“While there have been good efforts to improve wellness via virtual platforms, nothing beats an instructor talking you through it and checking your posture in person.”
Book it: A three-day yoga retreat at The Gallivant starts from £450 per person based on two sharing or £550 for single occupancy, and includes accommodation with meals and healthy snacks, yoga sessions at sunrise and throughout the day, plus a sunset beach walk.
6. Equestrian escapes
While the future of spas remains uncertain for now, hotels are turning to other forms of wellness. Luxury country estate Lucknam Park, near Bath, which has announced a planned reopening date of July 13, is making use of its on-site equestrian centre and stable of 30 horses to offer “equine therapy”, where guests spend time with horses and learn to control them through body language. Equestrian centre manager Dawn Cameron says: “Lucknam Park will be relaunching its equine therapy sessions, in which we anticipate a surge of interest. The sessions are a form of mindfulness and an opportunity for guests to immerse themselves in the outdoors to help them learn how to communicate with others and release anxiety – skills even more meaningful in recent times.”
“Luxury country estate Lucknam Park is making use of its on-site equestrian centre and stable of 30 horses to offer “equine therapy”.”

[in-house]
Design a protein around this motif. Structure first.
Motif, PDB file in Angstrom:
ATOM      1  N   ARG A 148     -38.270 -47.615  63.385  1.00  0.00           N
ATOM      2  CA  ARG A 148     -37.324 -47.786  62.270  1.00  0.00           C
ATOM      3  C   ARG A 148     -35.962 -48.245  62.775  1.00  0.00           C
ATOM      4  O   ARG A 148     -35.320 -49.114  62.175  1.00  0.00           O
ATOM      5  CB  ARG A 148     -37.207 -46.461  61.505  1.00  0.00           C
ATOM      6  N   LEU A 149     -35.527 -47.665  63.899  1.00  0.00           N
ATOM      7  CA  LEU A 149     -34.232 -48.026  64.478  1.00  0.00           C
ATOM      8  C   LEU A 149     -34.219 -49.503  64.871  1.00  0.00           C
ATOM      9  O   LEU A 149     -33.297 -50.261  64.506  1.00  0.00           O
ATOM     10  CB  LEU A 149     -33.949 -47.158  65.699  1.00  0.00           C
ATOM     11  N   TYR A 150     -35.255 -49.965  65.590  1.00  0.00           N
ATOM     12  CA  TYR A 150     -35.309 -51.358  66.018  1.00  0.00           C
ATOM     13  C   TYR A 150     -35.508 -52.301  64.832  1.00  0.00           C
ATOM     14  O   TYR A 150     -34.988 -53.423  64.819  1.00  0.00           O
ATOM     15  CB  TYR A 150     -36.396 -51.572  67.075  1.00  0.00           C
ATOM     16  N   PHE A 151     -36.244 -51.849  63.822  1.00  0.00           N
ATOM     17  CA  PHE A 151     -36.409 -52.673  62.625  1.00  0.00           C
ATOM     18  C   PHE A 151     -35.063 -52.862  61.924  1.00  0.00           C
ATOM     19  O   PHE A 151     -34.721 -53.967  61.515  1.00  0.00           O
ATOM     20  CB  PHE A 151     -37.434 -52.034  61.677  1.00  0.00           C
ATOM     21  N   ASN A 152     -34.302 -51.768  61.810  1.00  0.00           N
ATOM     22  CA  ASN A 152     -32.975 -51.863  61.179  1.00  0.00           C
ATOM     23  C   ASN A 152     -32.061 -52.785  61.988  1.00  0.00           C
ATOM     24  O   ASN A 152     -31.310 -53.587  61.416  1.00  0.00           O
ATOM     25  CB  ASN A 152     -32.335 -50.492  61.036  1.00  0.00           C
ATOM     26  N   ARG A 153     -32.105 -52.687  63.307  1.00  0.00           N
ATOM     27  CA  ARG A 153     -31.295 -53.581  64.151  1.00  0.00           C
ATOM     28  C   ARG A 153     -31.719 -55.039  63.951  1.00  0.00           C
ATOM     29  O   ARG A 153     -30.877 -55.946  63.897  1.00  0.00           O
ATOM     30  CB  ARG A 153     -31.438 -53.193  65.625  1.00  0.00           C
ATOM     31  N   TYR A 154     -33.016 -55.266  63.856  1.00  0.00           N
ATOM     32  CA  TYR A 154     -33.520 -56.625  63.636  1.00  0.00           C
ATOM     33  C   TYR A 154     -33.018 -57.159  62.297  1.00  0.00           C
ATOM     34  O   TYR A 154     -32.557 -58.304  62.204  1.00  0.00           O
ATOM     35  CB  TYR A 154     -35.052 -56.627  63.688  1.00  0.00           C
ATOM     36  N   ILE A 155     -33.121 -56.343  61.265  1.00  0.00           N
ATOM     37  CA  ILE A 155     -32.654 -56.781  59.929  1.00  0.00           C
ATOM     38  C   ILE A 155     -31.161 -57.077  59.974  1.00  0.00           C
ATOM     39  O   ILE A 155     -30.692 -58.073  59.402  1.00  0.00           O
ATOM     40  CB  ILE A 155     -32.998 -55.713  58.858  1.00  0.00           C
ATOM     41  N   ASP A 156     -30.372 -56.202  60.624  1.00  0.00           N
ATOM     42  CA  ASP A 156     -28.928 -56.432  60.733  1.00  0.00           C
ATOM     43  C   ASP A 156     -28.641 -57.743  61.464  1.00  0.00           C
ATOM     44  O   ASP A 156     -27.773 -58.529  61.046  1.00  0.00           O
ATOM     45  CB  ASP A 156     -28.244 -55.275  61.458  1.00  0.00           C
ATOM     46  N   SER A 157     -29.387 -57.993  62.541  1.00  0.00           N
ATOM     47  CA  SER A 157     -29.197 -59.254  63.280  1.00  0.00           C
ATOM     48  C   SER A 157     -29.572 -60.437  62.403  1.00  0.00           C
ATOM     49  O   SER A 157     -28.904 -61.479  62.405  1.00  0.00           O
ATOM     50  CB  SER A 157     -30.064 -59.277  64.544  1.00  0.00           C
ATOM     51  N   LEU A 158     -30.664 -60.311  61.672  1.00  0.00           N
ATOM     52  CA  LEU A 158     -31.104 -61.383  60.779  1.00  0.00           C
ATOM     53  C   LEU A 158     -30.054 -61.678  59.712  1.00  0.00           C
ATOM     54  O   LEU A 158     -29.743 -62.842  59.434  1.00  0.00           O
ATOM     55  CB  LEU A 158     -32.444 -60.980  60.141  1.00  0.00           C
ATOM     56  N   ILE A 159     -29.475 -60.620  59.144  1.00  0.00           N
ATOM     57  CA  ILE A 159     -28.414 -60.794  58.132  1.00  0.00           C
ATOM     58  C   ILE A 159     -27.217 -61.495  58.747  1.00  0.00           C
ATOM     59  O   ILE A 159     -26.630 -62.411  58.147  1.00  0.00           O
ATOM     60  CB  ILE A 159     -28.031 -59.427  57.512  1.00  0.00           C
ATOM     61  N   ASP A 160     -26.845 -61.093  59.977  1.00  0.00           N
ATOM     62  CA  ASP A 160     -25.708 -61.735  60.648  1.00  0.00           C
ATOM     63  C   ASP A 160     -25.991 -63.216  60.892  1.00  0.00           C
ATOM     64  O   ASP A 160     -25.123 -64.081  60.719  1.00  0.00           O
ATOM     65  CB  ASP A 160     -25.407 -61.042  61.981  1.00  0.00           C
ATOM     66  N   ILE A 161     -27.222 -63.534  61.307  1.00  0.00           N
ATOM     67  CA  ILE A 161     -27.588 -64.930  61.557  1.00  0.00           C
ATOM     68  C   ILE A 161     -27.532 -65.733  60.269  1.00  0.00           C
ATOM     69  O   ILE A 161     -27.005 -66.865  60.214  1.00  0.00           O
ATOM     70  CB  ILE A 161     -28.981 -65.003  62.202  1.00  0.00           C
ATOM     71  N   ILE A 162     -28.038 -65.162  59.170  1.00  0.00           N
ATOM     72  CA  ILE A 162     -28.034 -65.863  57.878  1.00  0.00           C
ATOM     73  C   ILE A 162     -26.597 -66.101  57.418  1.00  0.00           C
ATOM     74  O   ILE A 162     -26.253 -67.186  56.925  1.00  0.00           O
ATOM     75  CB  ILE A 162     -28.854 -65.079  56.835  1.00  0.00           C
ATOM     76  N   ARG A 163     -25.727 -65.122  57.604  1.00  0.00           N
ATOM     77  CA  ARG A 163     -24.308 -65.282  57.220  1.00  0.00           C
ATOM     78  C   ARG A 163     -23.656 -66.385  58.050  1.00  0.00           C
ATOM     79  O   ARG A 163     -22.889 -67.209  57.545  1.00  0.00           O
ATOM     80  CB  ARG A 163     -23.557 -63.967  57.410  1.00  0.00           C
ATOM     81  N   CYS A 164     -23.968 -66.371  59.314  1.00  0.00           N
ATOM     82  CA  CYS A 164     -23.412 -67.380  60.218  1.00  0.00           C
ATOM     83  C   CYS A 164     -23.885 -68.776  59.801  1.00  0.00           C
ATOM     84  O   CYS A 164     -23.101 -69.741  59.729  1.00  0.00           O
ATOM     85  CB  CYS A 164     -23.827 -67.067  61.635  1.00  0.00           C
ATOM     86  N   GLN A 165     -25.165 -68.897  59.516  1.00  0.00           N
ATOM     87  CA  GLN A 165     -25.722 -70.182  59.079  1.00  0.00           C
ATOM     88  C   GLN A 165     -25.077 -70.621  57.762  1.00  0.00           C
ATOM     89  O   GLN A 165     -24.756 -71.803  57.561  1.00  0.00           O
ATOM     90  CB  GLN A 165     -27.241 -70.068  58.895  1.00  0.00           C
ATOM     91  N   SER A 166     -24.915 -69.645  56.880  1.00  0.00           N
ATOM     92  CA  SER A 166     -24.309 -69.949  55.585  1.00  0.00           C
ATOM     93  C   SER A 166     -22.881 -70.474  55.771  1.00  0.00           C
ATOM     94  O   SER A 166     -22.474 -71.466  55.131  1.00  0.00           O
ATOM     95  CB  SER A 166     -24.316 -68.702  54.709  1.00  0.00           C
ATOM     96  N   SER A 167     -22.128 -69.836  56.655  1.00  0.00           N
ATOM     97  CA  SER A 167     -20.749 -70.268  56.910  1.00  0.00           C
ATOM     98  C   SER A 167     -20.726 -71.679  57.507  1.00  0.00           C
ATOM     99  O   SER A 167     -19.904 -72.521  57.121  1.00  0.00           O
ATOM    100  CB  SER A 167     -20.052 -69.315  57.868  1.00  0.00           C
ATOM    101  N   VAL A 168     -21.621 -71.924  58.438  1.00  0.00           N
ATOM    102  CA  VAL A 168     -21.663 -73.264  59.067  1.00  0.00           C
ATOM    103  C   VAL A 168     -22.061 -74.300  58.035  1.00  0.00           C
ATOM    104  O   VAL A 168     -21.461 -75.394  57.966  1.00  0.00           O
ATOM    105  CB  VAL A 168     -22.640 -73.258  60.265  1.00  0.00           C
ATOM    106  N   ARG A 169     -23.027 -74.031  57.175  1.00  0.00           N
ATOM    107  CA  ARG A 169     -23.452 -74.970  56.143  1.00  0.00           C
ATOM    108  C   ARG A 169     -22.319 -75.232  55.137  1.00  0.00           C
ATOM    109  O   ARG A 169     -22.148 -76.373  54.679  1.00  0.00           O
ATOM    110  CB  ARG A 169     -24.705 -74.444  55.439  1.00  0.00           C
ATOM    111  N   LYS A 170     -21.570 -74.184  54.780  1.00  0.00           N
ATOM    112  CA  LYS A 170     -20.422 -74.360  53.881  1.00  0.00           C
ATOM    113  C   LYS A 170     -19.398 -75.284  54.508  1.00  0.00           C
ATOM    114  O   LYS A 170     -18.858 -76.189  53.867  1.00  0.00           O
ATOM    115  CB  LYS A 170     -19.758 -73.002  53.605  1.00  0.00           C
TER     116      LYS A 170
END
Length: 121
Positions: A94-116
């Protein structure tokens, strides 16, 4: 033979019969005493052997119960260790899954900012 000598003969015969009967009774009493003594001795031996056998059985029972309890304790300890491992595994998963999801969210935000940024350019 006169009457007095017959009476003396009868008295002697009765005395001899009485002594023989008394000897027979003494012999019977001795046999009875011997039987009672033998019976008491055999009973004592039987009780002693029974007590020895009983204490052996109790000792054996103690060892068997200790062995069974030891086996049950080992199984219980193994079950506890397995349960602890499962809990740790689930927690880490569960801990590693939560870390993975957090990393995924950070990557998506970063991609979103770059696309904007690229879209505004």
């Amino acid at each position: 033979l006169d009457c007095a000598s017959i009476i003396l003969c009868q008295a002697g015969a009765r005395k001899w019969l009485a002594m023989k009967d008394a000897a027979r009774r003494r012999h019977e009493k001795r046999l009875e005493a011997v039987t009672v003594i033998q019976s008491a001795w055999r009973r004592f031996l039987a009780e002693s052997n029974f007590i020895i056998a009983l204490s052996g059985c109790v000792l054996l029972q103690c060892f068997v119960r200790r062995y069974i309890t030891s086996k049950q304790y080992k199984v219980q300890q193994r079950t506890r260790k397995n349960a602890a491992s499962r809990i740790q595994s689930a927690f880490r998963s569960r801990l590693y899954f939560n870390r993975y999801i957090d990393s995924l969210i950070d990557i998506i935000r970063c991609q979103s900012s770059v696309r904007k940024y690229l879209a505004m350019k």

Book it: Lucknam Park offers Equine Connect packages, including time working with horses, a night’s accommodation with breakfast and three-course dinner, and use of the spa, from £717 based on double occupancy in August.
Best of the rest
Forage for food on the Irish coast: Kuoni’s new UK and Ireland programme, in partnership with McKinlay Kidd, includes a foodfocused drive along the Wild Atlantic Way from Cork to County Clare, with a guided walk to forage for seaweed along the Kerry coast in Caherdaniel. Guests can try carrageen moss, sea lettuce and duileasc, and learn about their health benefits.
Try ‘bunker yoga’ in Jersey: This Channel island is home to a host of wellness experiences, from “forest bathing” in a west-coast nature reserve to stand-up paddleboarding yoga off the north coast. But one of its most unusual options has to be “bunker yoga”, where vinyasa yoga classes are taught in the open air on top of some of Jersey’s historic beachfront bunkers.
Spot puffins in Northumberland: Anticipating renewed interest in slow travel, Wildlife Worldwide has introduced a tour of Northumberland and the Farne Islands, where highlights include spotting puffins and Arctic terns nesting on the islands, as well as cuckoos, redstarts, red grouse and spotted flycatchers in the Cheviot Hills.